Why cook anyway?

 

IMG_4510I’ve often written about the strange sense I occasionally get that when I’m doing something simple like using a builder’s trowel, building a wooden frame or most particularly when I’m gardening or cooking; I feel that I’m channelling something or someone. I absolutely don’t mean this in any supernatural sense – this isn’t about ‘ghosts’, but it is about the sheer complexity of our inner lives. I’m aware that when I ask the simple question “Why cook anyway?” there’s a way of answering it directly –

  • I cook because I really like eating good food’ but we’re too hard up to eat in restaurants.
  • I cook because I like to determine the meals I eat and the ingredients in them because it’s better for me (us) and the world if we do.
  • I cook because nothing draws people closer than eating together and cooking is a way of showing love for them.
  • I cook because we have the allotment and we grow most of our own vegetables.

But none of those simple answers account for the uncanny sense of channeling that sometimes comes with kneading dough, or taking something out of the oven. On the allotment it might come with the smell of the earth or the sound of a robin. I remember it clearly one day in winter when I was laying a hedge with Chubby Ball. _1080661

Sometimes when I cook it feels like a meditation, a wordless reflection whose content could never be expressed except in the act of cooking, and sometimes I even feel as if I’m reaching out towards a memory – especially a memory of my mother.

 

It would be easy to think of the Potwell Inn as a simple idea – a “two up two down” kind of conceptual building that houses a “happy place”. But what if I pushed at the boundaries a bit and revealed that the Potwell Inn is actually a very old, very large building with many rooms and such a long history that some parts have become derelict and some rooms have not been opened in decades?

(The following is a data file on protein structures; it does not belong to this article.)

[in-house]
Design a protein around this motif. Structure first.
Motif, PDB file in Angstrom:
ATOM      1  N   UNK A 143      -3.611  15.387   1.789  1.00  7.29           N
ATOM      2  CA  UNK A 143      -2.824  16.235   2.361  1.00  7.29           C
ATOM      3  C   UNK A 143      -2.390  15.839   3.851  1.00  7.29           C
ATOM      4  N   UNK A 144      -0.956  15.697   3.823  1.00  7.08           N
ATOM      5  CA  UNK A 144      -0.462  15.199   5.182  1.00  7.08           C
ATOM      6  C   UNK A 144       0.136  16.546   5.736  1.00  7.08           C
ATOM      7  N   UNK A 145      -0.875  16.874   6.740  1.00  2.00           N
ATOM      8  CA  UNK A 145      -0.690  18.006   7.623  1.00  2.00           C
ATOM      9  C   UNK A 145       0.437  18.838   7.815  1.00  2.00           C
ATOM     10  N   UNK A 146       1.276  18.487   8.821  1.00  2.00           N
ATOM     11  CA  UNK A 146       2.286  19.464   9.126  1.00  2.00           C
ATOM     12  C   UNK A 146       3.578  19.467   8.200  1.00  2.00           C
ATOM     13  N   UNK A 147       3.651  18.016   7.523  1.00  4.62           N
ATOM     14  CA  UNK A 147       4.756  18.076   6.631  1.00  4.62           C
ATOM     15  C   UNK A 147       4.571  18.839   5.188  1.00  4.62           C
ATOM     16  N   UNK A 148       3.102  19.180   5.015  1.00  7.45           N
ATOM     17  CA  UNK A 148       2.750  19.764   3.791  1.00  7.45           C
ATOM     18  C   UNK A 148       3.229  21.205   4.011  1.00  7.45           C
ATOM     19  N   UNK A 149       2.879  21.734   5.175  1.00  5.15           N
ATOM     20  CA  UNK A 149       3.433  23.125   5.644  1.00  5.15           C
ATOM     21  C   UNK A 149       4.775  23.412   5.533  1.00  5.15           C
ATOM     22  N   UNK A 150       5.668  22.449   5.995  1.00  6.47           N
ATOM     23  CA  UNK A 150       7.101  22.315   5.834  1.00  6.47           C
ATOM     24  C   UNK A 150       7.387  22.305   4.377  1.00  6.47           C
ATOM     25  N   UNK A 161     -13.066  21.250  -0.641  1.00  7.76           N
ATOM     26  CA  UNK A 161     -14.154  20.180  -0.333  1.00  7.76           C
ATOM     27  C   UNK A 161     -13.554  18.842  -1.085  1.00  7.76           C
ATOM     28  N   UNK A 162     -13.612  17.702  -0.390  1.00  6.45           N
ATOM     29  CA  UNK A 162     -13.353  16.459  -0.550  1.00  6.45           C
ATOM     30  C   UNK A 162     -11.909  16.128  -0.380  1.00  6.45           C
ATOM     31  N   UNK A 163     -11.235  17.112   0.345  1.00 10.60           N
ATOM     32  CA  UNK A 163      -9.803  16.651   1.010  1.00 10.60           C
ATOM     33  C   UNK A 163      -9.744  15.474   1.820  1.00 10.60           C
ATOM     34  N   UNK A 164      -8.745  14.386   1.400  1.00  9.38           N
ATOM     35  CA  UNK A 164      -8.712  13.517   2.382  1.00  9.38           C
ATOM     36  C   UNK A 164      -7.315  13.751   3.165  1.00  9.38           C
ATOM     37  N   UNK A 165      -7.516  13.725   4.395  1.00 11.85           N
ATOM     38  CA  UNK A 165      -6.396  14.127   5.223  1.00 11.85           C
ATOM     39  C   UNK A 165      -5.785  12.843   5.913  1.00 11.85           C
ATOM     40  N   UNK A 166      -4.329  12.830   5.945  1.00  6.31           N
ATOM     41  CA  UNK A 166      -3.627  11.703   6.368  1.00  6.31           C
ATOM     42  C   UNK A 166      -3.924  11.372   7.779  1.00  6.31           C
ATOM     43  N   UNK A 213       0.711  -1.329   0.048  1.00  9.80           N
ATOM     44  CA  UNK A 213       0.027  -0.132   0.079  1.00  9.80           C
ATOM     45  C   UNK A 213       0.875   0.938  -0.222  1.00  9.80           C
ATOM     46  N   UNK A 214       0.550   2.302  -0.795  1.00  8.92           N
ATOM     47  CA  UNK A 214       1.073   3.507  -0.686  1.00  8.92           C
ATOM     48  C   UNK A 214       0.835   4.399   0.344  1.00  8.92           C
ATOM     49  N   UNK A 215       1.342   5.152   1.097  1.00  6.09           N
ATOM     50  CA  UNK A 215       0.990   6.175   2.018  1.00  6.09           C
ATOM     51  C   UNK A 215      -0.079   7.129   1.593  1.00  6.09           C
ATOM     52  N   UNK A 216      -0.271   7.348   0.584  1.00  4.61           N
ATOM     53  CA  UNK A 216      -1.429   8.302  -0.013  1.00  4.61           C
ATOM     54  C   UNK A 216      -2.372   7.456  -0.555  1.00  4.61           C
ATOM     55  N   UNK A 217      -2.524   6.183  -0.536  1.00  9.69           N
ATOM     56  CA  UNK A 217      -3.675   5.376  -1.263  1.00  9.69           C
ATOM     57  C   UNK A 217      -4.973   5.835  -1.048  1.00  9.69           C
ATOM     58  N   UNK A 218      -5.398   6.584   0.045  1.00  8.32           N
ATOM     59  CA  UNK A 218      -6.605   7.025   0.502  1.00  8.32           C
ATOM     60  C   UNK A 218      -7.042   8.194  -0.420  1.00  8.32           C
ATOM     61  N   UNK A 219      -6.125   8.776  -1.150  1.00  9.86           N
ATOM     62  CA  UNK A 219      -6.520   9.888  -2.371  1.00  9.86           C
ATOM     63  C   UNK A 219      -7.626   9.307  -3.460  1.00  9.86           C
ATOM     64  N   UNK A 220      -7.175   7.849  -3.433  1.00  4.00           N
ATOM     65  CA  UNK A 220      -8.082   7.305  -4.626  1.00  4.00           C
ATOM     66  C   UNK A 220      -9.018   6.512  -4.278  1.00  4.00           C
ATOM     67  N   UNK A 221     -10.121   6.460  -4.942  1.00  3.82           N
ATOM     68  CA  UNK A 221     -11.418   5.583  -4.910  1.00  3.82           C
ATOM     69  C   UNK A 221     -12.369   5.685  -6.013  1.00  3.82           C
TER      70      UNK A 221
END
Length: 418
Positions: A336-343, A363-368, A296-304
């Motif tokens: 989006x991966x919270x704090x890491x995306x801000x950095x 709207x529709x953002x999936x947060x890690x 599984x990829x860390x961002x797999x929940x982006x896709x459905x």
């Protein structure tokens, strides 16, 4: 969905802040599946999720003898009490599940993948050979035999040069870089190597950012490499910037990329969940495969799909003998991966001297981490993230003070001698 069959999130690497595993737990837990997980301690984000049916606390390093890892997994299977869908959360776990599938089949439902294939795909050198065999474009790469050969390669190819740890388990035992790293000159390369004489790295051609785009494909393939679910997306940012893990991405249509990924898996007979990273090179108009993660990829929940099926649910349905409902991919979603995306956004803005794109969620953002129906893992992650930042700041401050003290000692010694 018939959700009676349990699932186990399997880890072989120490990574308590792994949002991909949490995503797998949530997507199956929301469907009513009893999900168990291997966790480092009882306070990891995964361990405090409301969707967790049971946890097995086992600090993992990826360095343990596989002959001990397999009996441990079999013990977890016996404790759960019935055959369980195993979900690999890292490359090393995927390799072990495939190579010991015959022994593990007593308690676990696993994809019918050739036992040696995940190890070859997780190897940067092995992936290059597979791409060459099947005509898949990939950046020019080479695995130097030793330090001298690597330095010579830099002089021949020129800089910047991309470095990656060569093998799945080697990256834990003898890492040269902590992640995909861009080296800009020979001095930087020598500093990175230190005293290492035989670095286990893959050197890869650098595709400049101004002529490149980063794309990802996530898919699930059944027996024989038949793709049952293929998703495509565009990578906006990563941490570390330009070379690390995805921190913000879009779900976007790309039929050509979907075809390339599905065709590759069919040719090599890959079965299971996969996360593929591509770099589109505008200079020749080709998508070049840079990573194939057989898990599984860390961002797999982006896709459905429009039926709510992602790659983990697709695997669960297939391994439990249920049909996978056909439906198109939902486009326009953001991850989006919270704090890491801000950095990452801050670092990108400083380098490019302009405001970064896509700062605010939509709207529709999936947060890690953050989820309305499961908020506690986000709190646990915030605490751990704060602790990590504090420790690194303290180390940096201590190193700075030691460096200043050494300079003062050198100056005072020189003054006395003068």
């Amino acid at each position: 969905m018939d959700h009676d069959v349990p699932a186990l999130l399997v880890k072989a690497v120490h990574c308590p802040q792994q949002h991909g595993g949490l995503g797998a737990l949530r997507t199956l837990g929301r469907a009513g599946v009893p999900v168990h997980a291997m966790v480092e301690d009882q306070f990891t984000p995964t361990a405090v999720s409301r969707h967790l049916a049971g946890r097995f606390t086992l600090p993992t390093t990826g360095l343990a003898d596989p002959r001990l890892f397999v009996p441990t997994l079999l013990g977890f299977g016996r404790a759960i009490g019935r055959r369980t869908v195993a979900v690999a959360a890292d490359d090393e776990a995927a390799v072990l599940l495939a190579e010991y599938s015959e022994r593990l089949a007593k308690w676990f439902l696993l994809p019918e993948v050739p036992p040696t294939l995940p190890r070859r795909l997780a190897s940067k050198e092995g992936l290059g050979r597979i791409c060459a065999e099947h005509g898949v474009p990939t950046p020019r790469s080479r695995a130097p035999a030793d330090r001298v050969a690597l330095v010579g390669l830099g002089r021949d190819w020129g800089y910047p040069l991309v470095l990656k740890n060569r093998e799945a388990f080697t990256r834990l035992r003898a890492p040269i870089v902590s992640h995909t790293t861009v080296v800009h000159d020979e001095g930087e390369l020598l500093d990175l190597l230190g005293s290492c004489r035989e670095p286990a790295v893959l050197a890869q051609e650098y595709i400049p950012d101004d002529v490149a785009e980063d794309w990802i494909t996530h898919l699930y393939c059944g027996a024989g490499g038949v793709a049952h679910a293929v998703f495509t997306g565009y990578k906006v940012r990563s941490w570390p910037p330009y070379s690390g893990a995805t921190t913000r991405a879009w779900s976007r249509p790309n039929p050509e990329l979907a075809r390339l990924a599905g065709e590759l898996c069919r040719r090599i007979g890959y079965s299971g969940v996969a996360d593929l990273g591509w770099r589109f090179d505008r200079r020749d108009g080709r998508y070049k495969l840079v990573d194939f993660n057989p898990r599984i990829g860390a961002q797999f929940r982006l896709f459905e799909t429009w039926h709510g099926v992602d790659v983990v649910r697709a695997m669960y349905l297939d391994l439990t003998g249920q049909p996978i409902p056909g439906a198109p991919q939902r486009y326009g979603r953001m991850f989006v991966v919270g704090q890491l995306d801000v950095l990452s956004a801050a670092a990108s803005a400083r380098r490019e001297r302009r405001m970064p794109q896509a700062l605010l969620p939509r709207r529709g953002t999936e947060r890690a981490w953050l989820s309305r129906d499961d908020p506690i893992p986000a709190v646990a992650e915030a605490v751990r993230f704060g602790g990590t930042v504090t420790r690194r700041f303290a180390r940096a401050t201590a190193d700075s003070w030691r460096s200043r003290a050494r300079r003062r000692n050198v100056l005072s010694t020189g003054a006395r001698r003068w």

Yesterday I was reading Christopher Bollas’ book “The Shadow of the Object”, and I came across this passage.

 

 

…. I have termed the early mother a ‘transformational object’ and the adult’s search for transformation constitutes in some respects a memory of this early relationship.  There are other memories of this period of our life, such as aesthetic experience when a person feels uncannily embraced by an object.

IMG_4763When I read those words I was seized by the memory of an exhibition of Louise Bourgeois’ late work that we saw in Somerset that absolutely floored me because one of the glass display cabinets contained some objects deeply familiar from my childhood. I’m not adding a photo here because they all seem to be copyrighted but if you Google “Bourgeois the empty house” you’ll find them all.

My mother was a dressmaker and the only objects I have from her life are associated with her craft. What’s most powerful is the way in which these three objects, a pincushion with needles and pins, a thimble, and a rolling device for marking through a paper pattern into fabric bear within themselves an imprint of her whole being. They aren’t just tools, they embed her – prickly, spiky and absorbed in her work. The sound of the sewing machine was the sound of my childhood.